At the end of the press conference it was announced that Lyudmila Korobeshko had already made her way into the record books. It turns out that she is the only Russian woman who has climbed Everest twice.

 

 

A journalist from Expert magazine wanted to know how many kilometers our team has climbed so far. We did the math, and as it turns out, they have climbed around 15 kilometers vertically and covered around 150-200 kilometers of ground.

And there’s much more ahead…

 

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A new group of 7 Summits Club in Morocco

Today, the team fromTyumenflew fromMoscowtoCasablanca. Guide of the 7 Summits Club Victor Bobok leads a group of 10 people. The expedition members are planning to climb the highest point of the Atlas Mountains - Toubkal (4167m), after which ... read more

Today, the team fromTyumenflew fromMoscowtoCasablanca. Guide of the 7 Summits Club Victor Bobok leads a group of 10 people. The expedition members are planning to climb the highest point of the Atlas Mountains - Toubkal (4167m), after which they go on a fascinating journey through theSaharadesert. At the end of the program, the team will rest on the Atlantic coast.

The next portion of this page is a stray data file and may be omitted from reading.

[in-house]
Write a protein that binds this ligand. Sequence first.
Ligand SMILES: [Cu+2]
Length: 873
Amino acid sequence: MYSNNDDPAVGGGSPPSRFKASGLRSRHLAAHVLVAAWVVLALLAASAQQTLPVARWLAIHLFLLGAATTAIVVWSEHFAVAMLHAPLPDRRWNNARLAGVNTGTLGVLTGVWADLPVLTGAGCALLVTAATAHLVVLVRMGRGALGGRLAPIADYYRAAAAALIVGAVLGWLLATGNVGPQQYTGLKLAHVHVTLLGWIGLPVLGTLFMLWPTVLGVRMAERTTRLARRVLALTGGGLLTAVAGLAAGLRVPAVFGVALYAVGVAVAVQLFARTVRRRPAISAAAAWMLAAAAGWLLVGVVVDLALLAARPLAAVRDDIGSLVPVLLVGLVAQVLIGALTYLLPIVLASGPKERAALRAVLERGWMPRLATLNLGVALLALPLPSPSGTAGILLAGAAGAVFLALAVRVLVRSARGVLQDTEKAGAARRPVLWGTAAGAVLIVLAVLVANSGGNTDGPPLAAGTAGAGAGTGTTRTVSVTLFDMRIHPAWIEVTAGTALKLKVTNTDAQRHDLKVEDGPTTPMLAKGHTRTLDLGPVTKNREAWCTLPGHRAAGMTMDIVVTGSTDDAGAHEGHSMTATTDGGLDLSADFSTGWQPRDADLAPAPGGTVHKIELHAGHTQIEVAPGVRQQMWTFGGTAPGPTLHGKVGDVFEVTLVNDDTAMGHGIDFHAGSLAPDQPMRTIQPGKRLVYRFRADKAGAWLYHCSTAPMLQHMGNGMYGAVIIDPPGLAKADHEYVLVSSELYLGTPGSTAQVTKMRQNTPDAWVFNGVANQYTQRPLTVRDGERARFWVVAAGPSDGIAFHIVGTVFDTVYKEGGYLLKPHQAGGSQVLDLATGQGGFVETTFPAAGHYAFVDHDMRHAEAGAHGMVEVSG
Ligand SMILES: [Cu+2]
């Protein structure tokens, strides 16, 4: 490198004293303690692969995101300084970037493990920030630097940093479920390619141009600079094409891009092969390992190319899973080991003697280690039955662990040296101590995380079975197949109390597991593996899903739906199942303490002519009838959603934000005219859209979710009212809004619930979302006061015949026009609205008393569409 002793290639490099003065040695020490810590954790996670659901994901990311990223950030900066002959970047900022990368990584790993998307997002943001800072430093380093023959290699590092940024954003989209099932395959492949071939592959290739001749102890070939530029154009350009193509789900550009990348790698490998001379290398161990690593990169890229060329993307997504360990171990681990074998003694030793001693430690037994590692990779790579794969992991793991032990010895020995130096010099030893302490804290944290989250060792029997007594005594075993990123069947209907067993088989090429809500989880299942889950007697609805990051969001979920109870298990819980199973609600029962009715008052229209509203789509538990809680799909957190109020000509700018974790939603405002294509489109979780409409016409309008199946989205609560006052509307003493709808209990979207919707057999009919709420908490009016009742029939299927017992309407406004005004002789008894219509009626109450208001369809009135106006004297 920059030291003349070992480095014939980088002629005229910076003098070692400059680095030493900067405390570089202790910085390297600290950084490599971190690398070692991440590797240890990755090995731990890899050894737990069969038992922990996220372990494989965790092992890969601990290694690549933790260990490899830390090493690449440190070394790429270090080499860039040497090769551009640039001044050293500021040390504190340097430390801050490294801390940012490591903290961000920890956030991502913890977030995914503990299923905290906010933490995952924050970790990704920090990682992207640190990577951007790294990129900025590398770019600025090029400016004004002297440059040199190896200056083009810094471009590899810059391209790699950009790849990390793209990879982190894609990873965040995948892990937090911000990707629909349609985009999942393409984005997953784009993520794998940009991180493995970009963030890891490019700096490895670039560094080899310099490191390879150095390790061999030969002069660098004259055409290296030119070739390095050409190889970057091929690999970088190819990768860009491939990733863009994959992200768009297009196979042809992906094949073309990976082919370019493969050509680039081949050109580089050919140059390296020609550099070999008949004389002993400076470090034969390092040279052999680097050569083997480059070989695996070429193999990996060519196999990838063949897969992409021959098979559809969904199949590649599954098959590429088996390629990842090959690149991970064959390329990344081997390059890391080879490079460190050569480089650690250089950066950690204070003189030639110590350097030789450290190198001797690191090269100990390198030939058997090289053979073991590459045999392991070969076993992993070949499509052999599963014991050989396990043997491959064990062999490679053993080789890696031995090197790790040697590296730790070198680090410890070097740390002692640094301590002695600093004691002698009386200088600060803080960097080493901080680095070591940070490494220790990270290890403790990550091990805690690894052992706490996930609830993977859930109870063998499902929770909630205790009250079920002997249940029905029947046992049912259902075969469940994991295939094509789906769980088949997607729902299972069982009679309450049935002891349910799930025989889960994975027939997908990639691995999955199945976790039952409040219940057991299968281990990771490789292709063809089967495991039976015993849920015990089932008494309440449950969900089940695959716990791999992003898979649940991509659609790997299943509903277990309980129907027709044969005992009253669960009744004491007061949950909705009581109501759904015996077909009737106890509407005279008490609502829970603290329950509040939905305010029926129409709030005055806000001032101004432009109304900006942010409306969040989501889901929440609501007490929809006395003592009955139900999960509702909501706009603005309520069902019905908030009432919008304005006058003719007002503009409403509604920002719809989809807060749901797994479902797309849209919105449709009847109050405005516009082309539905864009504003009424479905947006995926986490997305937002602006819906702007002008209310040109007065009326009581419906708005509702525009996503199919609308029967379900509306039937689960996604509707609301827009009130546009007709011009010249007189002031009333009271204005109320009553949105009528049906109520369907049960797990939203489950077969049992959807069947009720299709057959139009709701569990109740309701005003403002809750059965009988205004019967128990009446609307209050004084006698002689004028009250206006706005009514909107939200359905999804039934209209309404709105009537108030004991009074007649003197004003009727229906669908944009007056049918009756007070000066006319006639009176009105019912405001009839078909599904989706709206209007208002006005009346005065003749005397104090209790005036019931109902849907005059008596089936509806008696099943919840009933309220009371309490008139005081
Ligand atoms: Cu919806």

Team: Fedortsov Vladimir, Fedortsova Helena, Fedortsov Ilya, Fedortsov Igor, Tabarintsev Eugene, Krasnov Dmitry , Malkov Leonid, Shulga Roman, Romanov Eugene, Novosadovaya Irina. Guide: Victor Bobok.

Red Bull top altitude: Valery Rozov jumps from Himalaya Peak

Redbull.com. by Jack Frost, Jun 5, 2012 Russian climber and BASE jumper Valery Rozov recently added another highlight to his incredible career in extreme sports by performing a wingsuit jump from the top of Shivling, a 6543m mountain in the ... read more

Redbull.com. by Jack Frost, Jun 5, 2012

Russian climber and BASE jumper Valery Rozov recently added another highlight to his incredible career in extreme sports by performing a wingsuit jump from the top of Shivling, a 6543m mountain in the Indian part of theHimalayas.

Valery Rozov is a superstar in the world of BASE jumping and wing suit flying, an extreme sport which involves jumping from objects such as bridges, buildings and towers. The 47-year-old Russian’s breathtaking feats, such as flying into an active volcano in Kamtschatka (2009) and jumping fromUlvetannaPeakin the Antarctic (2010), have made him famous the world over.